For the reasons stated above, the Court has serious concerns regarding whether the opt-out plaintiffs made voluntary decisions to opt-out of the litigation and settle their claims. This Court finds that the appropriate remedy for the abusive communication that led to the settlement agreements and opt-out forms is to invalidate all opt-out forms submitted on August 1 and August 4, 2014 and restore the opt-out plaintiffs to their status as opt-in plaintiffs. Simply permitting plaintiffs who opted-out to opt-in if they wish would not suffice as an adequate remedy. For one, the plaintiffs signed purported settlement agreement of their claims under the FLSA that the Court has not scrutinized for reasonableness. See Lynn's Food Stores, Inc., 679 F.2d at 1354. Further, a large number of plaintiffs stated that they were subject to coercion. See (ECF No. 89, Exs. 1–6; ECF No. 94, Ex. 1; ECF No. 96, Ex. 2). With this large number, the Court is not satisfied that any of those who signed agreements and opt-out forms were fully informed of the consequences of those actions. For these reasons, Plaintiffs Motion to Invalidate Opt–Out Forms is granted.
At the August l2, 2014 hearing, Plaintiff also asked that the Court invalidate the settlement agreements between the opt-out plaintiffs and Defendants. The Court does not have the settlement agreements before it. Thus, there is nothing for the Court to invalidate. However, invalidating the opt-out agreement has Plaintiffs desired outcome of placing those plaintiffs who previously opted-out back into the conditionally certified collective action.
Plaintiffs' counsel shall draft a notice to be sent to the opt-out plaintiffs for the Court's review. The corrective notice is to inform those who signed opt-out forms that they are still a party to the litigation and instruct them to consult with their counsel if they have questions regarding this litigation or if they wish to no longer pursue their claim. After the Court approves the notice, Defendants must send, at their expense, the notice to all those who signed opt-out forms. Stransky v. HealthONE of Denver, Inc., 929 F.Supp.2d 1100, 1110 (D.Co.2013) (requiring defendant to compile list of FLSA plaintiffs who were subjected to Defendant's misleading communication so that court-prepared corrective notice could be sent to plaintiffs); See Guifu Li, 270 F.R.D. at 518–19 (requiring corrective notice in FLSA action explaining that opt-out forms were invalidated, that the defendant could not retaliate against employee for participating in the lawsuit, and providing plaintiffs' attorney's contact information); Romano, 253 F.R.D. at 299 (requiring corrective notice be sent to opt-out plaintiffs, at defendant's expense, which explained that opt-outs were voided and that defendants misled potential members into believing that confidential records would be revealed if they did not opt-out); Belt v. Emcare, Inc., 299 F.Supp 2d 664, 669–70 (E.D.Tex.2003) (requiring court-prepared corrective notice be sent on defendant's letterhead that provided information to correct defendant's previous misleading information).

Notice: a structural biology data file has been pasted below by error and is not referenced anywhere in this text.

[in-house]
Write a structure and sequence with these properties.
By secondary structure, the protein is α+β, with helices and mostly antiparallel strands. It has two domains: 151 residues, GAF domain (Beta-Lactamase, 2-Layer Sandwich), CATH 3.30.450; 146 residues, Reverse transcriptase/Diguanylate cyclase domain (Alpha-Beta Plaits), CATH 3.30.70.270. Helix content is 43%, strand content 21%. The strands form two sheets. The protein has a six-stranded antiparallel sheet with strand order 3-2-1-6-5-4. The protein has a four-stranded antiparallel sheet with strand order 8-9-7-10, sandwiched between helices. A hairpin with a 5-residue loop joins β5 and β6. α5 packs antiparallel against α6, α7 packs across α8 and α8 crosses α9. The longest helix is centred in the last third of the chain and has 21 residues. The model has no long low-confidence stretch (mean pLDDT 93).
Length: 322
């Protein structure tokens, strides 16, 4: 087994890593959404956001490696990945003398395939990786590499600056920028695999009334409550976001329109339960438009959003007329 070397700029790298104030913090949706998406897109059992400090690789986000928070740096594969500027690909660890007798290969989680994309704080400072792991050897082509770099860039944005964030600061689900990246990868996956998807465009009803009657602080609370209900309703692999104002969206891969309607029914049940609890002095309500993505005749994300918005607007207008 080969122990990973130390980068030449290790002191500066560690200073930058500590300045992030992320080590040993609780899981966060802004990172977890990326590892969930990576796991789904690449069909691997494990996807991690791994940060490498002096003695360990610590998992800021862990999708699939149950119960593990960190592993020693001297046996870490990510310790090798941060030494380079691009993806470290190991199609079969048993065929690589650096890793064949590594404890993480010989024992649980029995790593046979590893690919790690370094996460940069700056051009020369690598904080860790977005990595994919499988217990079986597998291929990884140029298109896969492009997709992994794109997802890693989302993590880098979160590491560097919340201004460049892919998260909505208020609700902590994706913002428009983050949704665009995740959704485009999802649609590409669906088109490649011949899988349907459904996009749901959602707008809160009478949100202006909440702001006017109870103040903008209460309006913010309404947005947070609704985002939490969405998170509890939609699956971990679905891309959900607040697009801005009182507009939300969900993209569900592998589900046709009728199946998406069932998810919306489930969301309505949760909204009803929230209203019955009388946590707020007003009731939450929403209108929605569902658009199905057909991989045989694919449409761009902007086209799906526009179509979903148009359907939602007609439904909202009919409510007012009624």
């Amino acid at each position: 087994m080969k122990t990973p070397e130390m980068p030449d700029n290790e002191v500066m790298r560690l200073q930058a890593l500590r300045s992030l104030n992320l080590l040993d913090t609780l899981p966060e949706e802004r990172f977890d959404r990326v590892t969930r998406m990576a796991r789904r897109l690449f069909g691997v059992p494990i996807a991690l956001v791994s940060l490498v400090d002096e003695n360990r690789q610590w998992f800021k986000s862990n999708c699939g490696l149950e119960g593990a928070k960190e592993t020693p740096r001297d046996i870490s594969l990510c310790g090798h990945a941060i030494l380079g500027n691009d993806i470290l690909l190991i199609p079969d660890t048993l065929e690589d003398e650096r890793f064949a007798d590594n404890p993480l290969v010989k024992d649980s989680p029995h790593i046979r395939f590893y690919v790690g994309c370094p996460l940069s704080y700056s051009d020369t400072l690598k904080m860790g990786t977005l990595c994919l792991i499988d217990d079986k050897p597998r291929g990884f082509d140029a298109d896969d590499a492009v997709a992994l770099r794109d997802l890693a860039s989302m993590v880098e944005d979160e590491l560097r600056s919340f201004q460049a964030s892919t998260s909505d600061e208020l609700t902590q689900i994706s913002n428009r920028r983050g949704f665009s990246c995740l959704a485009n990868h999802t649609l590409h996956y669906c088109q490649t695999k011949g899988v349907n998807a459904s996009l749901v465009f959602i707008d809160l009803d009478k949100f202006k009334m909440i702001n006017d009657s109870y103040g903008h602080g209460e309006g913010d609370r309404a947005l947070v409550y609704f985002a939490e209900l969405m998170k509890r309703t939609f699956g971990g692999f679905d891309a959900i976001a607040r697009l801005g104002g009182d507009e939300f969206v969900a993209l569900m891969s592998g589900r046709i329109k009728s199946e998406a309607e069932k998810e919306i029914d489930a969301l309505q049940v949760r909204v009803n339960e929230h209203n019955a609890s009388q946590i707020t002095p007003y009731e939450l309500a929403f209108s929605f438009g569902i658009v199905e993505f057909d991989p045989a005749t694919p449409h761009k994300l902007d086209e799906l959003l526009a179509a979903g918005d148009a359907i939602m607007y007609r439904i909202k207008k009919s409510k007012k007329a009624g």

Plaintiffs requested that the Court deny Defendants pending motion for summary judgment with regard to liquidated damages, extend the statute of limitations, and grant attorney's fees and costs. (ECF No. 89 at 3–4).
For the reasons explained on the record as well as for the foregoing reasons, Plaintiffs–Motion for Preliminary Injunction is DENIED;
Plaintiffs' Motion for Protective Order is GRANTED;
Defendants, their employees, and agents are hereby prohibited from further communication by telephone, email, in person contact, or any other means with opt-in plaintiffs, potential opt-in plaintiffs, and their family members regarding the pending lawsuit, their decision to participate as plaintiffs, or their representation.
Plaintiffs' Motion to Invalidate Opt–Out Forms is GRANTED;
Plaintiffs' counsel shall draft written notice to be sent to the opt-out plaintiffs for the Court's review. The corrective notice is to inform those who signed opt-out forms that they are still parties to the litigation and instructing them to consult with their counsel if they have questions regarding this litigation. After the Court approves the notice, Defendants must send it at their expense.
Plaintiffs' Motion for Sanctions is DENIED.